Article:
Wednesday, 25 March 2015

What's your expectation?

I had an interesting conversation with a journalist at the weekend. She is looking in depth at the way vets, farriers and of course owners look at their horses' feet and she has a keen interest in both biomechanics and barefoot horses. 

I'd sent her the 2 pieces of HD hoof footage we took at the RRR (for those who are interested the original Barefoot in Slow Motion film has had nearly 32,000 plays and the Healthy Hooves film nearly 10,000 plays - not bad going, well done team!).

After reviewing both our film and footage of shod horses we got to discussing this fascinating comparison still. Above is a shod horse in trot - landing toe-first as it does in every frame of its video, including when its on hard ground.

Below is Buddy who - like every horse in our films - lands heel first in walk, trot and canter (he is also in trot in this frame). 

The shod horse looks elegant and its not lame in the footage but the way its moving is stressing soft tissue with every step and it appears unable to extend fully. To me, its movement is strikingly similar to the horses who come here for rehab - who invariably have DDFT, collateral ligament and other soft tissue damage.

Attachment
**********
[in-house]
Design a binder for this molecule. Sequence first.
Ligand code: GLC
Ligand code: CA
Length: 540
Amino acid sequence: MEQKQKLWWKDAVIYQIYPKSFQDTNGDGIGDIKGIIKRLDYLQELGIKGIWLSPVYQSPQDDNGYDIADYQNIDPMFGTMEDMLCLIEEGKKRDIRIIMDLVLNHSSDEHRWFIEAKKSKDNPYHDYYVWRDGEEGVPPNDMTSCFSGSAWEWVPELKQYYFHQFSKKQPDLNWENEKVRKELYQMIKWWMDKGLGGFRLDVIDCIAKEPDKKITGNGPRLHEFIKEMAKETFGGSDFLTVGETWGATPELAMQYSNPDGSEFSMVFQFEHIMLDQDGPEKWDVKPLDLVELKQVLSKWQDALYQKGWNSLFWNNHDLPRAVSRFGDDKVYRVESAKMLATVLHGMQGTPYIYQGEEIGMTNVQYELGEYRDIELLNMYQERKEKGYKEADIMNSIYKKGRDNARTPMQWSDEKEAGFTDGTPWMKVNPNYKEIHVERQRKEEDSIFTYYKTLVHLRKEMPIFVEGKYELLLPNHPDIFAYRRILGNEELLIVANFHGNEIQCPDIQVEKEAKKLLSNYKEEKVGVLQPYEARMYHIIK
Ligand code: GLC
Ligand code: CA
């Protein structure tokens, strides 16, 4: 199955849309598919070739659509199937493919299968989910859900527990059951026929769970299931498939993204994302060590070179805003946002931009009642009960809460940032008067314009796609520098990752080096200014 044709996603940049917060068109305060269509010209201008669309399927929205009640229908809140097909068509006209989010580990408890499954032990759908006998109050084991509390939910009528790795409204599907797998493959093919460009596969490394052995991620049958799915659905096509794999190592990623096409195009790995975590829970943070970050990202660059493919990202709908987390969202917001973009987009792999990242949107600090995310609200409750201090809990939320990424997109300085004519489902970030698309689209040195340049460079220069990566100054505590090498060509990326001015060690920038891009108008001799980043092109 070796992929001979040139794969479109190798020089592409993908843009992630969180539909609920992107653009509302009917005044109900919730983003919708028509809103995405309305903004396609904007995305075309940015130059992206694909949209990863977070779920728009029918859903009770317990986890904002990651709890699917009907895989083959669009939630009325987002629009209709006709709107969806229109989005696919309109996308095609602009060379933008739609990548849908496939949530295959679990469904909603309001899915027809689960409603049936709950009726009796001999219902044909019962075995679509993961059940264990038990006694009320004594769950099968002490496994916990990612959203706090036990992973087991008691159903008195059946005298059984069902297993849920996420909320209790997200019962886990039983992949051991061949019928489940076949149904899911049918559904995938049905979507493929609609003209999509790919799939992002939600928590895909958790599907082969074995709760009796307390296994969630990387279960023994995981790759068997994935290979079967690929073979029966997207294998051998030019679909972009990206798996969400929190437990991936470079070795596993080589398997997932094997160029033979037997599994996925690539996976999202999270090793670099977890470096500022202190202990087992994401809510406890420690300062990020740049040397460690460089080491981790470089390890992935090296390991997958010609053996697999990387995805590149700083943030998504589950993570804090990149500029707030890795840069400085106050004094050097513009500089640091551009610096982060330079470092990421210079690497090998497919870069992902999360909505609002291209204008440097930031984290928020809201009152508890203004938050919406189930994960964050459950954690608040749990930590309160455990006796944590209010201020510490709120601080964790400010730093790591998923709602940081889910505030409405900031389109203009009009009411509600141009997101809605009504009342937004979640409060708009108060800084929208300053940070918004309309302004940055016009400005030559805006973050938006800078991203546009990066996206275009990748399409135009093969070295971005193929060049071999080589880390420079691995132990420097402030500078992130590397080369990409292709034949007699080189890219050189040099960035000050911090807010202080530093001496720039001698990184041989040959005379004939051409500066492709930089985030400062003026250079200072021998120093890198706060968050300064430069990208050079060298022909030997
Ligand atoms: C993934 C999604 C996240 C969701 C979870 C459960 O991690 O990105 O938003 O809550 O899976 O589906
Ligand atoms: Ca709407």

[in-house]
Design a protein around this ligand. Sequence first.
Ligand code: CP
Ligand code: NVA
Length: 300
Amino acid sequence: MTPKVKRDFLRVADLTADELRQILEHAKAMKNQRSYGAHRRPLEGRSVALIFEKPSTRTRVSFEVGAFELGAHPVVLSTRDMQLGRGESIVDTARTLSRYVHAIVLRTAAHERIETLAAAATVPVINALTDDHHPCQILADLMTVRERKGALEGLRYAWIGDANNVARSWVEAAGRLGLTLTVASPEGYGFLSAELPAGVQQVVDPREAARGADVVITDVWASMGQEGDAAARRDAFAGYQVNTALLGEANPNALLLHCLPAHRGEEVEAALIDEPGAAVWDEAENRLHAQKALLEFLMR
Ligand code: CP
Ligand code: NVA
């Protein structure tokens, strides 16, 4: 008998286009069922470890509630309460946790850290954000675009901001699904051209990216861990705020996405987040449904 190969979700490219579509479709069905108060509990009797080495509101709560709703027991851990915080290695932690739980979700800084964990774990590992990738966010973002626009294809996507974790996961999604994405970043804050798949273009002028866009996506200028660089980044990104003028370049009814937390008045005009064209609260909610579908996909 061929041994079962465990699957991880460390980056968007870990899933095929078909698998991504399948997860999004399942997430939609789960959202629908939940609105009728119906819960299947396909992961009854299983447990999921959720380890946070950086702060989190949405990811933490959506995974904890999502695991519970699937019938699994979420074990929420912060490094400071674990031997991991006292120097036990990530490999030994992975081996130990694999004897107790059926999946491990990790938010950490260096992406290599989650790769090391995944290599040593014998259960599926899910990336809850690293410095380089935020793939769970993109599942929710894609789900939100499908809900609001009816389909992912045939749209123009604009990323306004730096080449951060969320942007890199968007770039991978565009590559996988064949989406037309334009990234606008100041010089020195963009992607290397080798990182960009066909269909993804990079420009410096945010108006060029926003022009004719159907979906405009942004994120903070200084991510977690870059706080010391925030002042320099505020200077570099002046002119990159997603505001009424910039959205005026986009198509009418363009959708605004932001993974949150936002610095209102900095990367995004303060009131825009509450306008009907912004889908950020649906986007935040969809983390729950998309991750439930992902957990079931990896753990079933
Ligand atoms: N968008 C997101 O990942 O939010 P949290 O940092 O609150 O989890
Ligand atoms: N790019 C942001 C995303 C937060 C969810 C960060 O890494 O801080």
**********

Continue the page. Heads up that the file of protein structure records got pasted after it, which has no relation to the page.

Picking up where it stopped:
I should make it clear that of course not all shod horses land this badly but it does highlight for me how many people don't recognise poor movement and poor hoof balance and the consequences this has for the horse's health.

It got me thinking about what our expectations are for our horses. 

I know that for all the owners of our ex-rehab horses, and for me, our goal is long term health and soundness - not just healthy hooves, although that's an essential first step, but correct movement which only makes the horse fitter, stronger and more balanced with time and work. 

One of the main reasons we have our horses barefoot is because of the health benefits not only to the hoof but to the whole horse. We find that horses stay sounder and have fewer injuries and are able to perform to a higher level than they were shod. It may take longer to get there but its a fantastic feeling when you do (look at yesterday's blog if you need proof!). 

As someone once said, with everything you do you are either building your horse up or breaking him down. Which are you doing? 

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